Miles 0 to 7 / The Stick (going south) / Dirt Road

From the parking area, head south on the dirt road. The first 2.5 miles are jaw-dropping gorgeous. Open views of the Klamath March are backdropped by the Cascade Mountains. From south to north, the dominant peaks are Mt McLoughlin, Mt Scott, Mt Bailey, and Mt Thielsen. Each of these mountains is 8000+ feet.

Looking South
Lokking West

Just after mile 4, there is a signed turnout to a canoe launch. Take this turn. It will bring you to the edge of the water and with some more fantastic views.

Miles 4 to 7 hug the marshland, but the dirt road is just deep enough in the woods that the views are very limited.

This entire sector is a one-lane dirt road that we would classify as primitive but not technically demanding.

Miles 7 to 19 / Wocus Loop / Gravel & Dirt Roads

The next 12 miles loop around Wocus Butte in a counter-clockwise direction with the Klamath Marsh to the outside. You dance along on small roads darting out to the marsh and back into the forest. At times it almost feels like you are riding a flowy mountain bike trail — but this is all double-track or dirt road. The Ponderosa trees are red and tall. Green wolf moss hangs downs from the limbs of trees.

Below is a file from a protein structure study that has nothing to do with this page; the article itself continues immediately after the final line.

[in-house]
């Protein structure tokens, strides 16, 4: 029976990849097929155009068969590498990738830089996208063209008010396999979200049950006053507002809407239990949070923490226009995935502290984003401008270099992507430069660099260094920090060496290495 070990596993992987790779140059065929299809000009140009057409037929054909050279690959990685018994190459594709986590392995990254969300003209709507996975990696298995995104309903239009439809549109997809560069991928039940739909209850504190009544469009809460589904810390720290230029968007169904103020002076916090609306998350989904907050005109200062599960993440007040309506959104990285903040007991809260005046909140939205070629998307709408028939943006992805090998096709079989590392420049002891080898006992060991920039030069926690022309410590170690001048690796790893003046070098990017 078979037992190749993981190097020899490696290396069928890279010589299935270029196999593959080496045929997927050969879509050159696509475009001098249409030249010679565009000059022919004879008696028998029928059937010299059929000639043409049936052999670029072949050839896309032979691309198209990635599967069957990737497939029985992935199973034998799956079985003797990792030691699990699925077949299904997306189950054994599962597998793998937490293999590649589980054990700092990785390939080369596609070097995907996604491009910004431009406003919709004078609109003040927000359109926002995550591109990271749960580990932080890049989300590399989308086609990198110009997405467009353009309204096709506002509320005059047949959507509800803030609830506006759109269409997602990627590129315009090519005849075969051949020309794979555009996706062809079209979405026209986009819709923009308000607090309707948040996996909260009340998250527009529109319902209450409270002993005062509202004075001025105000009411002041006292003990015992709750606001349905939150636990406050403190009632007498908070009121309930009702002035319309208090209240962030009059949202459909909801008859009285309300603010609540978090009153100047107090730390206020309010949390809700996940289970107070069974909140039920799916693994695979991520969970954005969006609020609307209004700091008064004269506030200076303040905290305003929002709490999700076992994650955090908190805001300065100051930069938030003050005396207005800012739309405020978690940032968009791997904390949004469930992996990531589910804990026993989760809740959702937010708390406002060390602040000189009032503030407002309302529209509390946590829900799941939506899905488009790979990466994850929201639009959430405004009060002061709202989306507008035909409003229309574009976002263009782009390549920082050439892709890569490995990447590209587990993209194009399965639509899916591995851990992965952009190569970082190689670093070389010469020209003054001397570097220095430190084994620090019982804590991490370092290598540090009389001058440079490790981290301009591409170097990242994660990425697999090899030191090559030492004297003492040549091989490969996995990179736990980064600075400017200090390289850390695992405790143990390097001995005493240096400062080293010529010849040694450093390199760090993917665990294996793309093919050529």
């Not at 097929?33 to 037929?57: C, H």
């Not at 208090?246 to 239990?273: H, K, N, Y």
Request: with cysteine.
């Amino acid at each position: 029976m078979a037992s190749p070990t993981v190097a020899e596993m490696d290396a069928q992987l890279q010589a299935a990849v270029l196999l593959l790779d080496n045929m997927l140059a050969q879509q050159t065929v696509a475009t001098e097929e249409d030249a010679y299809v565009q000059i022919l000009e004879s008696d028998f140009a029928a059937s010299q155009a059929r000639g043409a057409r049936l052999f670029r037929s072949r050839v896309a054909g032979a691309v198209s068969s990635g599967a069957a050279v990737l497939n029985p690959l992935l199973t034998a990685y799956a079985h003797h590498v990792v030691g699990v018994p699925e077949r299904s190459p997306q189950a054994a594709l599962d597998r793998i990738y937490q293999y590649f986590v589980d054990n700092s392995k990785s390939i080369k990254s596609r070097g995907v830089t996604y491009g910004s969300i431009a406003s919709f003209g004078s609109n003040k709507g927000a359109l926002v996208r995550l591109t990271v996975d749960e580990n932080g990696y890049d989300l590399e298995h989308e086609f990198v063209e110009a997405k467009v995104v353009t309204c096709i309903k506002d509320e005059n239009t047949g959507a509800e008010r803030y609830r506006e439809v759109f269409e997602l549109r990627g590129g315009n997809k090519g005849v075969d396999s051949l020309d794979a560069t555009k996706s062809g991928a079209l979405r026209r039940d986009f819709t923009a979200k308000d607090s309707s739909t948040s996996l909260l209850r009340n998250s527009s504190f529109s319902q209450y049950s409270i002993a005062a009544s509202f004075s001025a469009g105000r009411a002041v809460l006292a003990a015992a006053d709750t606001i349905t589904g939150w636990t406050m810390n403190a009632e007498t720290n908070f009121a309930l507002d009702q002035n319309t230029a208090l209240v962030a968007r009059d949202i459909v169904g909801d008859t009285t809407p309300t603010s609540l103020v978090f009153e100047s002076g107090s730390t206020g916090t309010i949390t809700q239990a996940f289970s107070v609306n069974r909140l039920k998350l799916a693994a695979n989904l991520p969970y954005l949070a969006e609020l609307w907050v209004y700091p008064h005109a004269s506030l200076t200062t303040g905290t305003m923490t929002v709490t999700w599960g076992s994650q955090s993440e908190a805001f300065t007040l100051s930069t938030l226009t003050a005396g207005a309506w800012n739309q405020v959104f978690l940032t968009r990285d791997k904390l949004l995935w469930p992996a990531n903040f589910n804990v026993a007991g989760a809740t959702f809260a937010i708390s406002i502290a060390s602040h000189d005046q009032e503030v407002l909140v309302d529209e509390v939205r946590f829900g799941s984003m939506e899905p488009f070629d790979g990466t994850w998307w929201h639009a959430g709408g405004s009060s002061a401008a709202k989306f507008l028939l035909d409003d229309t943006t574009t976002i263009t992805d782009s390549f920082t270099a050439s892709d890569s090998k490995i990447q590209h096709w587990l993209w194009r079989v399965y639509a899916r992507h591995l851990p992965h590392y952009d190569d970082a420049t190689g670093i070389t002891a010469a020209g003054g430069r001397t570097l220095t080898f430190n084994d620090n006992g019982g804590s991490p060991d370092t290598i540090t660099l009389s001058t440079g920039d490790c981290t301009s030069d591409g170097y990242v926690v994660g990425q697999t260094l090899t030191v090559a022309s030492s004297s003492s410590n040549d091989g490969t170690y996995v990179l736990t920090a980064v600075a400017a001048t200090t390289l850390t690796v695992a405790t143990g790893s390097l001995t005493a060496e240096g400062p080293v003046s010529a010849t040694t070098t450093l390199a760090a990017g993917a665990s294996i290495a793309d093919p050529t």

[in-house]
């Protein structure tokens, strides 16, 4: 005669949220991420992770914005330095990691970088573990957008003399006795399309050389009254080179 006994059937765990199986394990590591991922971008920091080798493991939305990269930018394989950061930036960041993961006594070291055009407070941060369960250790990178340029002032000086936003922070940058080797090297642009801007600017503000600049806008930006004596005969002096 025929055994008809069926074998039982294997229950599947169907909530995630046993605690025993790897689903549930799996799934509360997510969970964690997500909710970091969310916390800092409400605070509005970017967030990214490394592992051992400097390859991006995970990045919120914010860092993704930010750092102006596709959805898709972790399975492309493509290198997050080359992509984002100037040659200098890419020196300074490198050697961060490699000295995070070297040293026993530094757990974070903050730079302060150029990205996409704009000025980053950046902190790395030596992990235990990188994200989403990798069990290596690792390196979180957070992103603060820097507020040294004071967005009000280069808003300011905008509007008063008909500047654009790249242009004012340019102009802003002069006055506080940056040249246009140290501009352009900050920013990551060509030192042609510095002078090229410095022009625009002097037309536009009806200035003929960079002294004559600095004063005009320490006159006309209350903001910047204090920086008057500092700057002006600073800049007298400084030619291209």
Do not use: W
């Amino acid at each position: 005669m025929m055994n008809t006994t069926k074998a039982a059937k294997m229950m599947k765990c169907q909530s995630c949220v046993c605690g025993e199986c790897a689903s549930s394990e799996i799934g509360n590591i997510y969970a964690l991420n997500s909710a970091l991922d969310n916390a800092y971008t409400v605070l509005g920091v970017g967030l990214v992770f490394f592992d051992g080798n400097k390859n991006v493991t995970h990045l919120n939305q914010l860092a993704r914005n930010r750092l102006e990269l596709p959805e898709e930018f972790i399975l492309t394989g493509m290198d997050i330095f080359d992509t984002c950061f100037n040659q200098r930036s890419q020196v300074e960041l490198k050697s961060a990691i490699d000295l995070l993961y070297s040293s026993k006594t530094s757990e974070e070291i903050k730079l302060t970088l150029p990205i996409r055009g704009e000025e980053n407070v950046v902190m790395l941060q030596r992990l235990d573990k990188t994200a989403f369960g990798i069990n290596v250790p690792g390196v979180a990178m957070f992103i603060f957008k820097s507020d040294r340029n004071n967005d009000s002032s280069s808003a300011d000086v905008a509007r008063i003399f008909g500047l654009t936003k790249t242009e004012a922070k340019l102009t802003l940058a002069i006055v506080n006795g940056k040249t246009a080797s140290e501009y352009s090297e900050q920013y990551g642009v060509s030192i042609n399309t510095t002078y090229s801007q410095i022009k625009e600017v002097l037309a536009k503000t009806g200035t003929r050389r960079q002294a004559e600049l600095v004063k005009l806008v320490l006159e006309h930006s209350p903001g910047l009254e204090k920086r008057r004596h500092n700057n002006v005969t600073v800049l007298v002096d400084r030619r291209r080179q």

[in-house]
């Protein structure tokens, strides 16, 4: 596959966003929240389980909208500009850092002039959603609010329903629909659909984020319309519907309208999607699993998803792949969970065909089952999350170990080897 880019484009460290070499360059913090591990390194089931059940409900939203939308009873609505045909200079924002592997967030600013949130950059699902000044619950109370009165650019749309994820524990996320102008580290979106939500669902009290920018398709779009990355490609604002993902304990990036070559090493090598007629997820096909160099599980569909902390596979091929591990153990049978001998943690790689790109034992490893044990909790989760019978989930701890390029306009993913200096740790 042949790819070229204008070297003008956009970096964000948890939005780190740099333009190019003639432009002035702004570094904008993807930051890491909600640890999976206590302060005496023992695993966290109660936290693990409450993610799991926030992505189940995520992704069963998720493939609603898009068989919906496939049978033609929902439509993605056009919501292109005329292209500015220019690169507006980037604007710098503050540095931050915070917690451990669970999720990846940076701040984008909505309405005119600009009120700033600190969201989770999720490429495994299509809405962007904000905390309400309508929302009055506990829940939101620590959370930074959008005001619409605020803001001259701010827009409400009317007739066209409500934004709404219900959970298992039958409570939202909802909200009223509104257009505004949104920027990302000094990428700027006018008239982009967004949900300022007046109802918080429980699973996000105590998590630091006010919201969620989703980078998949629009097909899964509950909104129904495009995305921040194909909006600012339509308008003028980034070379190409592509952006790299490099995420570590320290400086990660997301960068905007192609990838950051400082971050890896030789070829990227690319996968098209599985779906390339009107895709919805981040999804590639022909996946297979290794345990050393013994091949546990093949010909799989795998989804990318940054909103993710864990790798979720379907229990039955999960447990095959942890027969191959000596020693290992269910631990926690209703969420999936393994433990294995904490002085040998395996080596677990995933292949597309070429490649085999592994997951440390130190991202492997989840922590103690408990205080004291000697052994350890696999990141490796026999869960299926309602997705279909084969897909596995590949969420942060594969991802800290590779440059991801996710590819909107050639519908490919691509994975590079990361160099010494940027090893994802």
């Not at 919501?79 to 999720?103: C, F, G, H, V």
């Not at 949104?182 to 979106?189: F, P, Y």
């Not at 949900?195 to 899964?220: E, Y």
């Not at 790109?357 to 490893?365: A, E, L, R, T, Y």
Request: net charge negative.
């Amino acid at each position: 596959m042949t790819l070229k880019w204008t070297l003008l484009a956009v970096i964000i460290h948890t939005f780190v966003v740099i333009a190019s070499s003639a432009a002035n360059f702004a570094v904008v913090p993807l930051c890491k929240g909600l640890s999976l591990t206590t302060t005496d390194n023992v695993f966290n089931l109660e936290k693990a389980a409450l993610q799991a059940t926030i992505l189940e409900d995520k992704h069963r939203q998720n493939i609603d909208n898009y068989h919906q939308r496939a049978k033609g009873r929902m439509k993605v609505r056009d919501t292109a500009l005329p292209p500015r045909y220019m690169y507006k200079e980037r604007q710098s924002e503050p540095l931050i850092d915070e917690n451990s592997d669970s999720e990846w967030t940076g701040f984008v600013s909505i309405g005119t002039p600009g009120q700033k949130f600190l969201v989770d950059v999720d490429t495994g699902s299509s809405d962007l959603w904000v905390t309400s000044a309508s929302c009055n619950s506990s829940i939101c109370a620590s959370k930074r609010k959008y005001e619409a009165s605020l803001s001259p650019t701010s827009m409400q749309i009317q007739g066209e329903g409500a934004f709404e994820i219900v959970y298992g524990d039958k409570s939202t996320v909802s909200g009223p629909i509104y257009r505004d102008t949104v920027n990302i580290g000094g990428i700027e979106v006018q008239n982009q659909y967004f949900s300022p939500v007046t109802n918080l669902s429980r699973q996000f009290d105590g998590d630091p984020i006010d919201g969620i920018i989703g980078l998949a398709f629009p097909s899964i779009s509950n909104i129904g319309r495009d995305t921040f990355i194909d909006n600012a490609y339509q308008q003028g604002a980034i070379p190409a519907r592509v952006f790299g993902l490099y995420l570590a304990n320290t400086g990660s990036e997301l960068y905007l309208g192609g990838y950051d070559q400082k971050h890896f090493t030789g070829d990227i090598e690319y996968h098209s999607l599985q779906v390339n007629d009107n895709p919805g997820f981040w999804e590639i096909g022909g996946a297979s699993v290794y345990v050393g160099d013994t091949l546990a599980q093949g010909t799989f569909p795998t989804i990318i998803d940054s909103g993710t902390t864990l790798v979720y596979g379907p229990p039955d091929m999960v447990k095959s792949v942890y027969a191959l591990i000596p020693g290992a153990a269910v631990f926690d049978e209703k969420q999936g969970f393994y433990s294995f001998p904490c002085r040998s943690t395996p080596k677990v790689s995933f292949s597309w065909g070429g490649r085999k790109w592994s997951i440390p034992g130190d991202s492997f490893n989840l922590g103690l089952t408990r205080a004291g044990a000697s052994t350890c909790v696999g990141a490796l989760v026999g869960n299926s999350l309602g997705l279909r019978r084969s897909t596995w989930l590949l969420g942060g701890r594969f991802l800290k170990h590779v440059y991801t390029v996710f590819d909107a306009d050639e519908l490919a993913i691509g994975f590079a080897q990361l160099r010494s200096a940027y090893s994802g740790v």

Wolf Moss
Miles 19 to Finish / The Stick (going north) / Dirt Road

The next 7 miles are the reverse of the first 7 miles. It starts with a pedal free descent on a wide red cinder road, then a left turn back onto NF 690. Wooded at first and then an explosion of views (again!) — wetlands backdropped by the Cascade Mountains.

Food & Water


Ride Notes

40 mm tires or larger.

The RideWithGPS elevation profile is a bit misleading. It looks as if the route is jagged with steep ups and downs; it is not! Remember, for the 26 miles; there is only 1000 feet of gain. The ride has one significant hill of about a mile in length with an average gradient of 4%.

Ride Options

For a longer ride, this option adds in the circumnavigation of Little Wocus Butte to the east. Note, we have not ridden this version and would appreciate feedback if you do it!


Brown = gravel / dirt road or double-track

Ridden and Reviewed by …

Gravel Girl / Team Dirty Freehub

She loves a good day of gravel like most people like a good book. She’s always amused by the outdoors and the wild adventures. Gravel Girl is a Co-Founder of Dirty Freehub.

Captain O / Team Dirty Freehub

He should have “Never Stop Exploring” tattooed on his chest! He loves adventures on bikes and is a Co-Founder of Dirty Freehub.


Revision History

Get Involved!

To learn more about the Klamath basin and the associated wetlands we would encourage you to check out Oregon Wild. Oregon Wild works to protect and restore Oregon wildlands, wildlife, and waters as an enduring legacy for future generations.

The Ride!

Birds of the Klamath Basin